The inclusion criteria of caregivers were: Being over 18 years, having cared for an elderly relative with EOL stage at home during the past 2 years, having the most responsibility of care in the family, and having the willingness to participate in the study. The caregivers who were physicians or nurses were excluded. To access the participants, the researcher first referred to different home care and palliative care centers, due to the low number of eligible family caregivers and possibility of their lack willingness to participate in the study, the researchers identified more family caregivers across hospitals of Imam Reza, Shahid Madani, and Ghazi Tabatabai in Tabriz. After identifying eligible participants, the consent form was signed on the day of the interview after the participants were given a face-to-face explanation of the study goals and their cell-phone numbers were obtained to coordinate the interview time and location. In all cases, the researcher called with participants before interviewing.

Data collection

Data were collected through in-depth and face-to-face interviews with semi-structured questions between June and September 2017 utilizing an interview guide in the quiet rooms. Each interview started with questions about the patient's medical history and continued with open-ended questions about the participant's care experience with lasting of 60–90 min. With the open-ended questions, the participants were given an opportunity to share their experiences of caring for the elderly with EOL care needs. In-depth interviews with participants were asked to elaborate on their experiences in more detail. Totally, 15 interviews were conducted with 12 family caregivers. The nine caregivers were taking care of the patient at the interview time and the three ones had previous care experience, whose elderly relatives have died. The two caregivers were interviewed twice; first, during their care time and second, a few months after their patient's death.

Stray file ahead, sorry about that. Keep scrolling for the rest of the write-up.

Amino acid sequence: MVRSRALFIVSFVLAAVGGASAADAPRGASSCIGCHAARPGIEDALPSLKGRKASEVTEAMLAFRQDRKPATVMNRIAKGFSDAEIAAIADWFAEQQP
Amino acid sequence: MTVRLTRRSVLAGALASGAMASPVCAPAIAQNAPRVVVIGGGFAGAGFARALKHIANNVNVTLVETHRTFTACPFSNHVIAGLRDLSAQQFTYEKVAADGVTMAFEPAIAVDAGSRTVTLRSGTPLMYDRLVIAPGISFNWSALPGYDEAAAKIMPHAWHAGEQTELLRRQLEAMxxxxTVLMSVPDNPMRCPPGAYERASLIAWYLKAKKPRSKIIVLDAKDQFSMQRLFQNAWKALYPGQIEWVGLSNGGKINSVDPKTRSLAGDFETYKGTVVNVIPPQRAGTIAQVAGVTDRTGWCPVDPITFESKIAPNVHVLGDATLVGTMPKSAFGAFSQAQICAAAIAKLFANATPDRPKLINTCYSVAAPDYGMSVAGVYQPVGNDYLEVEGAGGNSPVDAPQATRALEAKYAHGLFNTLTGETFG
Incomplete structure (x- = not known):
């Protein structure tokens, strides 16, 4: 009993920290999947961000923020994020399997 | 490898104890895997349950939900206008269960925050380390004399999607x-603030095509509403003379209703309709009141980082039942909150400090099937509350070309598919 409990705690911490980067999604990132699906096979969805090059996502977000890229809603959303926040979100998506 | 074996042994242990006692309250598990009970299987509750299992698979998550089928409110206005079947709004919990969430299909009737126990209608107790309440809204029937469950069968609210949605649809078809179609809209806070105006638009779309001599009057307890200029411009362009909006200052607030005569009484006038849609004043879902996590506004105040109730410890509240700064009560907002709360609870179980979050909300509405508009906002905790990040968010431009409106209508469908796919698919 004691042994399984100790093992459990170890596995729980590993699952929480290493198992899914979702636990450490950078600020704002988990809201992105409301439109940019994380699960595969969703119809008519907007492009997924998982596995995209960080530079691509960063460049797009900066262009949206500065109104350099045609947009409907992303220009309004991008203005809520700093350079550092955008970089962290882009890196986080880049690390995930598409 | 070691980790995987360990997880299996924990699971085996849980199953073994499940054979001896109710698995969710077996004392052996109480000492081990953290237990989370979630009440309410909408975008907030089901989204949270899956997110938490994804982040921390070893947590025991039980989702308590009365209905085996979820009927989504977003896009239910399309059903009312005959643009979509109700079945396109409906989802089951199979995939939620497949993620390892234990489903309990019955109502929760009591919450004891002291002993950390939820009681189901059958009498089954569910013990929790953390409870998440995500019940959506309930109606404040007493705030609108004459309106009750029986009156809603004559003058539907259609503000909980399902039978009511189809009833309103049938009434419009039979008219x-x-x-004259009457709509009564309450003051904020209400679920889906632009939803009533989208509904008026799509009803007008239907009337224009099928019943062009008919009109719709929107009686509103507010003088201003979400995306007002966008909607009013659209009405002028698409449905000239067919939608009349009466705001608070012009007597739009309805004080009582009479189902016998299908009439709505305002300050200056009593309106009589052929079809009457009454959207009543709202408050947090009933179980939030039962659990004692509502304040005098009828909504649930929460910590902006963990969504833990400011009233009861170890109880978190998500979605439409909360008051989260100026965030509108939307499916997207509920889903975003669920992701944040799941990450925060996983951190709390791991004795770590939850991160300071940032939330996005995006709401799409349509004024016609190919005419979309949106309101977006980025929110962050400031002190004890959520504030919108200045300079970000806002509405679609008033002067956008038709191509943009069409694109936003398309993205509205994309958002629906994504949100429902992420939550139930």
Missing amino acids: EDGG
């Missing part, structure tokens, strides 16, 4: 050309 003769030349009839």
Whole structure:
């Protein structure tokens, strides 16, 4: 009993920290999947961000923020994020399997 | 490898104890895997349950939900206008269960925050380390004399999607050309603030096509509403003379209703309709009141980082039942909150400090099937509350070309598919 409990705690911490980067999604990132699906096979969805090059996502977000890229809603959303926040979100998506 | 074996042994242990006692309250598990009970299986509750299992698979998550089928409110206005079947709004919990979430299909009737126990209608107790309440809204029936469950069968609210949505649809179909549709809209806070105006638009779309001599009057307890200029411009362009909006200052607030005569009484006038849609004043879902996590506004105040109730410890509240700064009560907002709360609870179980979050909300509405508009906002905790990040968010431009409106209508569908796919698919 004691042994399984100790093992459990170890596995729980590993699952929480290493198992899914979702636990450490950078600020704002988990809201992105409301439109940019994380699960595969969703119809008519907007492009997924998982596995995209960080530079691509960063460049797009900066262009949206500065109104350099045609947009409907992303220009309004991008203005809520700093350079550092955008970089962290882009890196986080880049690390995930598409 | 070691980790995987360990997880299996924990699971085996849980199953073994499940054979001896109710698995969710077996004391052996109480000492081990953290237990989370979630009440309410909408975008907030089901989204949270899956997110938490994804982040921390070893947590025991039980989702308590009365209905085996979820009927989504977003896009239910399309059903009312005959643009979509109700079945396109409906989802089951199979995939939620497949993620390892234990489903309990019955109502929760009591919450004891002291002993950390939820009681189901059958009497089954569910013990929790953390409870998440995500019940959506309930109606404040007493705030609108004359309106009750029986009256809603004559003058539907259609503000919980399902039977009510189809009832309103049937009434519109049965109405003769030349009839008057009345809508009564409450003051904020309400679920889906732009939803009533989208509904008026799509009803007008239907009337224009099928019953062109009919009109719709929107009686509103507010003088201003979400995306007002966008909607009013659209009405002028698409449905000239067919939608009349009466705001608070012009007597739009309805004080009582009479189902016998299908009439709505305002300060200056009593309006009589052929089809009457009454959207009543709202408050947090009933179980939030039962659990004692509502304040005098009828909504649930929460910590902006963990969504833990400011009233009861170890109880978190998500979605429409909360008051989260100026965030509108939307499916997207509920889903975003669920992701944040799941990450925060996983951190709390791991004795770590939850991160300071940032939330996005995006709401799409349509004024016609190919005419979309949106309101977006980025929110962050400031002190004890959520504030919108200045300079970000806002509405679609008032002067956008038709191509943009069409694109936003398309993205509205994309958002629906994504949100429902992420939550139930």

Ten interviews were conducted with prior coordination at home, and five were conducted at the approved place of the participants, including at the workplace of the participants, at the workplace of the researcher, and at parks. With the exception of two interviews that the caregivers were disagreed to use a voice recorder, other interviews were digitally audio recorded. All recorded data transcribed manually verbatim.

Ethical considerations

The ethical approval was achieved from the Ethics Committee of the University of Social Welfare and Rehabilitation Science (USWR), Tehran, Iran (The ethics Code: IR.USWR.REC.1396.265). The participants were convinced that their contribution would be completely voluntary and confidential. Prior to the interview, the study objects were explained to the participants, and they were told that they could withdraw from the study, or refuse to participate at any time, and would have right to ask any questions. Each informant was recognized by a research code. Written informed consent was obtained from all those who agreed to participate in the study.

Data analysis